First-Year Preceptorial

Guide for Close Reading Literary Texts

Critical Reading Handouts

anupama jain                                                                          Fall 2006


Read a passage (or poem) a few times, assuming that all words and ideas are significant to the author’s meaning.

  1. Circle important words and phrases in the selected piece of text.
  2. Determine the meanings of all words and references unfamiliar to you.
  3. What impression does the piece initially give you?
  4. Examine the language of the passage.
    1. Diction or word choice:  is the language formal, simple, unusual, etc.?
    2. Connotations:  do words have more than one meaning?  what moods/attitudes do you associate with the words?
    3. Allusions:  are there references made to historical events, myths, other works of literature, etc.?
    4. Imagery:  Are there metaphors, similes, analogies, personifications, metonymy, etc.?  What do these images have to do with one another?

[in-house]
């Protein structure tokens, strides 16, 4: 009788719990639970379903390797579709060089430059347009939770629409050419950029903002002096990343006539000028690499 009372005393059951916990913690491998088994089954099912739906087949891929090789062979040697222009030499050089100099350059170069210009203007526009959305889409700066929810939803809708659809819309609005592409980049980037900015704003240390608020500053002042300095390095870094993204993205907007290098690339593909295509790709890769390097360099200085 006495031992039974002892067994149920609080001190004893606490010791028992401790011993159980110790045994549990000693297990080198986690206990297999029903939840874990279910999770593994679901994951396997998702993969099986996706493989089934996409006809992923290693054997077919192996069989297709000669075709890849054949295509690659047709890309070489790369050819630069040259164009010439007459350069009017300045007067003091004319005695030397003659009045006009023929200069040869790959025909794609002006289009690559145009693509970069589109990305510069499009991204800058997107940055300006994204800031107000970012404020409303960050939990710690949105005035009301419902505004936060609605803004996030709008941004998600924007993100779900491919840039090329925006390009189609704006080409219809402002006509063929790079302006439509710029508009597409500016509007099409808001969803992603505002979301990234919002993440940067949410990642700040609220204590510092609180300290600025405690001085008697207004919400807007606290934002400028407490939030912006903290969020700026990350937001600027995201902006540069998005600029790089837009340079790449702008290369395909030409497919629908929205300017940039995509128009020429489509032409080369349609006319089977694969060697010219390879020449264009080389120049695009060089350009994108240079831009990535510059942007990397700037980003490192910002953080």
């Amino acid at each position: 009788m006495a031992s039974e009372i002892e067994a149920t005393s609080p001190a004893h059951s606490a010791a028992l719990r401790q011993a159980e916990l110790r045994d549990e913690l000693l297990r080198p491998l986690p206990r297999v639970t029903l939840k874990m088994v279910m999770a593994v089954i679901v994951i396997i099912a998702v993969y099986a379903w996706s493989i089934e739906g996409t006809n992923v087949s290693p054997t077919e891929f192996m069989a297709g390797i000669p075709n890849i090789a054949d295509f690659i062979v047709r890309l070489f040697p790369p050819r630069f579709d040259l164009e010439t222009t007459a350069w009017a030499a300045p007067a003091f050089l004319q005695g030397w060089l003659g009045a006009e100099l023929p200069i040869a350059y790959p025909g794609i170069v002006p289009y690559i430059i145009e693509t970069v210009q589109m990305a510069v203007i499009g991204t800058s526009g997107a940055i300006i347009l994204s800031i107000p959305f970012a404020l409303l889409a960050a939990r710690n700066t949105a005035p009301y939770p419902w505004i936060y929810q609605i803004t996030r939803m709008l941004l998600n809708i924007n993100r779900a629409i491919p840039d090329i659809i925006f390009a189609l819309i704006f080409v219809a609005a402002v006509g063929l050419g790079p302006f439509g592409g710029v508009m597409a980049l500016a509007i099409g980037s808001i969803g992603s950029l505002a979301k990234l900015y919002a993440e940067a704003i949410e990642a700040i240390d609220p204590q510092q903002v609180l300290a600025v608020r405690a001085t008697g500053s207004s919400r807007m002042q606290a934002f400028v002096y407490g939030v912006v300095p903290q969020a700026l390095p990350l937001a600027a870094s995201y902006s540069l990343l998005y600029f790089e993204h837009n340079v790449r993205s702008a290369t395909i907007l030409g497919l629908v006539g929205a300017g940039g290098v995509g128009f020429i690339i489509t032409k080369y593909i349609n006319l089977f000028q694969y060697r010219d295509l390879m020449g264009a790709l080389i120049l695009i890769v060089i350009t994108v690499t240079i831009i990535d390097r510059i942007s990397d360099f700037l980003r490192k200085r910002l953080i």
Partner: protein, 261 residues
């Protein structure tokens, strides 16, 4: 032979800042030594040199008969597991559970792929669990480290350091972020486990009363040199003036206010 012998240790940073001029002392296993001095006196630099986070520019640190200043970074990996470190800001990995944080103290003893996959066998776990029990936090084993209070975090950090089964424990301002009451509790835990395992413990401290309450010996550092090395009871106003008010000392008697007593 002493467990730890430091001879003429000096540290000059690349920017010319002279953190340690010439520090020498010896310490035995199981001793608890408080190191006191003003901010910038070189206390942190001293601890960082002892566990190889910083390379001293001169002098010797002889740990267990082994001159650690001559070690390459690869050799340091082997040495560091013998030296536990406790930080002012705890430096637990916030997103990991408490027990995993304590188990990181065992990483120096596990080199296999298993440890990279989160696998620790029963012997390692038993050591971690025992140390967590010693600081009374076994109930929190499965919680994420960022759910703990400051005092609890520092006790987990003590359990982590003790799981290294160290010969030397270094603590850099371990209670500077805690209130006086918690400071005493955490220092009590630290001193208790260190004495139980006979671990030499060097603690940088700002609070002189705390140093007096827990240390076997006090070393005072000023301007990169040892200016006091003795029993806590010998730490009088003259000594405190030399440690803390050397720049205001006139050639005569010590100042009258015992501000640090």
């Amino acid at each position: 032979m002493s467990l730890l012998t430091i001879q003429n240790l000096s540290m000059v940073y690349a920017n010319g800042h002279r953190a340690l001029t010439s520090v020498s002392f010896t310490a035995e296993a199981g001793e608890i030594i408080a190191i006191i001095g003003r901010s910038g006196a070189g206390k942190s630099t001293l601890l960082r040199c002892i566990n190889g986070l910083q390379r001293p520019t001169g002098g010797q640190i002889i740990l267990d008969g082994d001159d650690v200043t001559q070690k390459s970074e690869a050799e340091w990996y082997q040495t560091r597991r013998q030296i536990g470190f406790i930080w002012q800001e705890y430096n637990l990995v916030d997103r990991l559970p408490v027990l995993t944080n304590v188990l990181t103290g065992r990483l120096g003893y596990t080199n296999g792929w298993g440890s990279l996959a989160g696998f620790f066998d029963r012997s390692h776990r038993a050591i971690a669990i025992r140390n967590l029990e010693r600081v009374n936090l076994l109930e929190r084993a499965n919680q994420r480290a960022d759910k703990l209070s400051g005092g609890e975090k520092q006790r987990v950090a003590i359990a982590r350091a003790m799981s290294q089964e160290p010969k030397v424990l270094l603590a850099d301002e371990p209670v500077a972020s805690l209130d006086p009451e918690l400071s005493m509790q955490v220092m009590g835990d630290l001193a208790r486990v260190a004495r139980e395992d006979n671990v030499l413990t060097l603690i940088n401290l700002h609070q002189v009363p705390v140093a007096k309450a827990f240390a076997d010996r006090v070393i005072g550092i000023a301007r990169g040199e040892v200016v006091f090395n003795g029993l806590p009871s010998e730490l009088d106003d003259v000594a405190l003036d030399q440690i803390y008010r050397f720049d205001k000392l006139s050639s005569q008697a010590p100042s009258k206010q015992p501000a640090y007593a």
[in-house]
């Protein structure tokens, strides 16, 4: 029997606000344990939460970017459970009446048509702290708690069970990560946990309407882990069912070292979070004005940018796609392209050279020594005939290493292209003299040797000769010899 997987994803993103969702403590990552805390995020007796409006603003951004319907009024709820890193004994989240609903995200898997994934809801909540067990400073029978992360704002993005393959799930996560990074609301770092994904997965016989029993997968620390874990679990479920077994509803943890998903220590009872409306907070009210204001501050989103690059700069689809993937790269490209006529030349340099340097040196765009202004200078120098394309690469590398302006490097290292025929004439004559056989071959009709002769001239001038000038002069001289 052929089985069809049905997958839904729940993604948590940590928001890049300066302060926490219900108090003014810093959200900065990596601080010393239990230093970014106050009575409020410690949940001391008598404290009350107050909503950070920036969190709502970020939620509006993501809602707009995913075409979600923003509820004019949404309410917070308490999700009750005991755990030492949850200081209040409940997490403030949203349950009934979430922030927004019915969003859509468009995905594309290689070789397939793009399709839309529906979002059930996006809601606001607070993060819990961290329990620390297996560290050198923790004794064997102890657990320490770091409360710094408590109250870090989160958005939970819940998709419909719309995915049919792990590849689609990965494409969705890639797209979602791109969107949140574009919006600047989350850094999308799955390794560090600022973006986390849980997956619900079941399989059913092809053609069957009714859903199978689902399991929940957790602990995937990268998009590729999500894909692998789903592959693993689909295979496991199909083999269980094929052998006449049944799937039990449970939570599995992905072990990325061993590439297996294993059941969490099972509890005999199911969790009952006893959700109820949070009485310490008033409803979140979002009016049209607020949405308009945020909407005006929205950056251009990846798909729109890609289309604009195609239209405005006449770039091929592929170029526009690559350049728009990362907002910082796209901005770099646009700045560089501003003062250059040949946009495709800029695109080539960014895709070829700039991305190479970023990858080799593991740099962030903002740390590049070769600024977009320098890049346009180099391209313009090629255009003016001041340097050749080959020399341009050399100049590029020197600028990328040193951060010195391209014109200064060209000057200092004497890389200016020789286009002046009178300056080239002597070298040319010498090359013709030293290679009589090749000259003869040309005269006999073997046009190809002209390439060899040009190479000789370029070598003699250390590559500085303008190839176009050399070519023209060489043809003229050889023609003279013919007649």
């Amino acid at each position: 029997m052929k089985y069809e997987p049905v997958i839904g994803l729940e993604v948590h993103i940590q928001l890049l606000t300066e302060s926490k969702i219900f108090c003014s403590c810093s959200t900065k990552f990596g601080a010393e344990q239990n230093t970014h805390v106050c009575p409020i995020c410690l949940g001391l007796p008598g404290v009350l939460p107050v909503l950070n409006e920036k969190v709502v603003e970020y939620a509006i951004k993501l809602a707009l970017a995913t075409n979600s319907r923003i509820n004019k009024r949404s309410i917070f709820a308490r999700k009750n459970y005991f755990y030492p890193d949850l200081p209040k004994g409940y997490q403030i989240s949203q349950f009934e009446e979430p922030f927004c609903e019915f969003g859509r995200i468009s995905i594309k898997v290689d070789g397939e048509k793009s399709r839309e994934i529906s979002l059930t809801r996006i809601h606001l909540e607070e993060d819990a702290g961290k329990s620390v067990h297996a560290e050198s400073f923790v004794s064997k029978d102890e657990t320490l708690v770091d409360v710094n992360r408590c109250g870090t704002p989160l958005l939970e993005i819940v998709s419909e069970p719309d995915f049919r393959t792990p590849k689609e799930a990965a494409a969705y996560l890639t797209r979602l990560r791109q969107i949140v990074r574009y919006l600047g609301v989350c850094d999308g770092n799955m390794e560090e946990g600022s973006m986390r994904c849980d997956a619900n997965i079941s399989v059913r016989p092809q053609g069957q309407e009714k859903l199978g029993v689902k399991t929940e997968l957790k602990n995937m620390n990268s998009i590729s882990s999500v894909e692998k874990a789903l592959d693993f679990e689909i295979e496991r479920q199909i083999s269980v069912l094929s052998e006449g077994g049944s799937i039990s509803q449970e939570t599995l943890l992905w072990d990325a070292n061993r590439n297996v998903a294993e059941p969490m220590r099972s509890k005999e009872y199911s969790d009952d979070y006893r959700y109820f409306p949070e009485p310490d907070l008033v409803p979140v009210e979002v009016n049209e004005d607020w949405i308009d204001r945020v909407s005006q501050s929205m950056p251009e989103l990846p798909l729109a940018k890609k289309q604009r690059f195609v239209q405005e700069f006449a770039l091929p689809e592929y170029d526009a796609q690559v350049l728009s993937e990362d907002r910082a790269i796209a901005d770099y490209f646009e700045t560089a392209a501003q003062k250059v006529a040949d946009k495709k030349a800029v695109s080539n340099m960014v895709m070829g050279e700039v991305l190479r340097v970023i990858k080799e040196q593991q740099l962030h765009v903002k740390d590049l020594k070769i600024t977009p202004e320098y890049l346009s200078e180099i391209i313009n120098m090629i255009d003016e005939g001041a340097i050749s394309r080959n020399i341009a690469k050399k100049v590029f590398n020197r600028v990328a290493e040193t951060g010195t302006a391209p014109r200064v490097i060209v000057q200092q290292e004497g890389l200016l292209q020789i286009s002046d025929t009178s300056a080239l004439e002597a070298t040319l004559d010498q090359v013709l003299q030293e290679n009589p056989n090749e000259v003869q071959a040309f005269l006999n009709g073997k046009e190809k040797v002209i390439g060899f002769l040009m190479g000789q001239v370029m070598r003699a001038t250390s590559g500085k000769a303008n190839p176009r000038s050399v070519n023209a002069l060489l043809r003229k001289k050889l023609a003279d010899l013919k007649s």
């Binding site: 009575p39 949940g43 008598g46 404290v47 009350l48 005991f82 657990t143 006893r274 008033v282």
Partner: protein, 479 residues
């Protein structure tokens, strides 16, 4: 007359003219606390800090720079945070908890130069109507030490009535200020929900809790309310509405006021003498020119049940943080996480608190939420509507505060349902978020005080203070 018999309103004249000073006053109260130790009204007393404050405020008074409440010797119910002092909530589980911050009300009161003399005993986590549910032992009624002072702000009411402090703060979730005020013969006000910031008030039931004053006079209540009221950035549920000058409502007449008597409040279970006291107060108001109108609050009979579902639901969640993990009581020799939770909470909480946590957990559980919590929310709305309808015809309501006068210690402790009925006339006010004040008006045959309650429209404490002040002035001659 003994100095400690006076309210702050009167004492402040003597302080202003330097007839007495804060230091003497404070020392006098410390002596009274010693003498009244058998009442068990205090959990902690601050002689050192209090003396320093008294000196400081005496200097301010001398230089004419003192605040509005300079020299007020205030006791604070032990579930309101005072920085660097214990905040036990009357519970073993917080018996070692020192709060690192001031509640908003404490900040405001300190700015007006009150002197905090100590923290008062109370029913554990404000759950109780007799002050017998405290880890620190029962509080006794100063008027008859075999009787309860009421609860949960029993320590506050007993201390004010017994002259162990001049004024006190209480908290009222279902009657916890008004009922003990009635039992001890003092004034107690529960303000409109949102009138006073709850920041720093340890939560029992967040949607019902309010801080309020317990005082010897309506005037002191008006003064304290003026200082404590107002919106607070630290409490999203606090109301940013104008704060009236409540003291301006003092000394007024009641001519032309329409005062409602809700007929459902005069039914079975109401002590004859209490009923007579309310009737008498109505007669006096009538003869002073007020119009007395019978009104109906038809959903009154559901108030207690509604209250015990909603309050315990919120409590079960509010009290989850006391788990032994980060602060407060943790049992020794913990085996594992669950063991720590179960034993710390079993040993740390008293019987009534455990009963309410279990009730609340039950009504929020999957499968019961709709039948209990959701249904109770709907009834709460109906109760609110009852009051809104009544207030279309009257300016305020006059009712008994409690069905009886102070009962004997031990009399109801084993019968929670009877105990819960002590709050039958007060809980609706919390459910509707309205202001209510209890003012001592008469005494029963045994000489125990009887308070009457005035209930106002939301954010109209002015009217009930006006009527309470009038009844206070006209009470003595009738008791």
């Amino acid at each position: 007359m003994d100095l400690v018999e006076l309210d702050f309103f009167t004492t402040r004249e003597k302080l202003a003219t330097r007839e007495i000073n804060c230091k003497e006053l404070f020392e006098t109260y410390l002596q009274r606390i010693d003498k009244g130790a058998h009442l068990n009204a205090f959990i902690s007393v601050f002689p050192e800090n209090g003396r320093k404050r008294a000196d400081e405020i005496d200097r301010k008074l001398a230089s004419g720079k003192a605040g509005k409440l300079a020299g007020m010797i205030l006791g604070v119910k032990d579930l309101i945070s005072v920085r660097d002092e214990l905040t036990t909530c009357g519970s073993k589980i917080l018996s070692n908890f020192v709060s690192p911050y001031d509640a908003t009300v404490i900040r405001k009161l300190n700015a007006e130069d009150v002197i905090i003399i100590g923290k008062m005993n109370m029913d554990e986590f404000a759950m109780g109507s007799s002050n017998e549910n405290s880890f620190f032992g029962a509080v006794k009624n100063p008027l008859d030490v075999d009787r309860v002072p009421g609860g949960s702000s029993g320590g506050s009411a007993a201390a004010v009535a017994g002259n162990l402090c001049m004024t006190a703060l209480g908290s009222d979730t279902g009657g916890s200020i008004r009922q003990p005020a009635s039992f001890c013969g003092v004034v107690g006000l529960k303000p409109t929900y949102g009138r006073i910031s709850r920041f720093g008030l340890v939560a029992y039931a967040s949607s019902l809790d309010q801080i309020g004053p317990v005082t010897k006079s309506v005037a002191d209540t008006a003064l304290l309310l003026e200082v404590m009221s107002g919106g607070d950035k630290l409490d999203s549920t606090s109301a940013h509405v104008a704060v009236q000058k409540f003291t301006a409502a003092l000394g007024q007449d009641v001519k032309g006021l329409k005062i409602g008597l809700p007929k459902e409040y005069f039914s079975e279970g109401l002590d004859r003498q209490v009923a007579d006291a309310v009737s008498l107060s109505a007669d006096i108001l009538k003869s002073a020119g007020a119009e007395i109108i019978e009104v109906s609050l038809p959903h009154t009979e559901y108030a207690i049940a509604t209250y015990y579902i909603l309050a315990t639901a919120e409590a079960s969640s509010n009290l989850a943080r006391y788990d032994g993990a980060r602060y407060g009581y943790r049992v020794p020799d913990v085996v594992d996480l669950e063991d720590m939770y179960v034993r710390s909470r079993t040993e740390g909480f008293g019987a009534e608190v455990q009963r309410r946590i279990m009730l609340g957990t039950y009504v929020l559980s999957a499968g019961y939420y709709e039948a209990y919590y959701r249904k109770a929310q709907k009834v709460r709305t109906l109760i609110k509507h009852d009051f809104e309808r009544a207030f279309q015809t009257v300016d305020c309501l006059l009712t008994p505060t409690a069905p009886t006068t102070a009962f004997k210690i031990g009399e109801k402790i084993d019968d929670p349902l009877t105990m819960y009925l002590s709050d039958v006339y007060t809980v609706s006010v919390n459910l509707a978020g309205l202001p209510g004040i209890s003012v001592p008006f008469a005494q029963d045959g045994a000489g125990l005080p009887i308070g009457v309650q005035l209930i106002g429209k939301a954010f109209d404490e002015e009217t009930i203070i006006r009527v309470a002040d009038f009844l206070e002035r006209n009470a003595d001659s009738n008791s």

5. Examine the structure of the passage.
    1. Form:  Consider the presentation of the passage.  How does it look on the page?  Does this relate to the meanings?
    2. Development:  How does the piece develop?  Examples include:  through chronology, by cause and effect, by free association, by repetition, by mood.
    3. Punctuation:  What kinds are used in the passage?  Does it affect how you read it? 
  6. Connect the images, language, and structure together to describe how they collectively contribute to a broader meaning for you.
  7. What do you think the overall significance of this passage is?  For example, what is the author’s attitude towards the themes in the passage?  What makes you think this?
  8. What does the piece convey about issues that may be of significance to all or many people? 
  9. What is the piece’s overall mood, purpose, intent, or conclusion?
  10. How does this text help you understand common literary themes or ideas?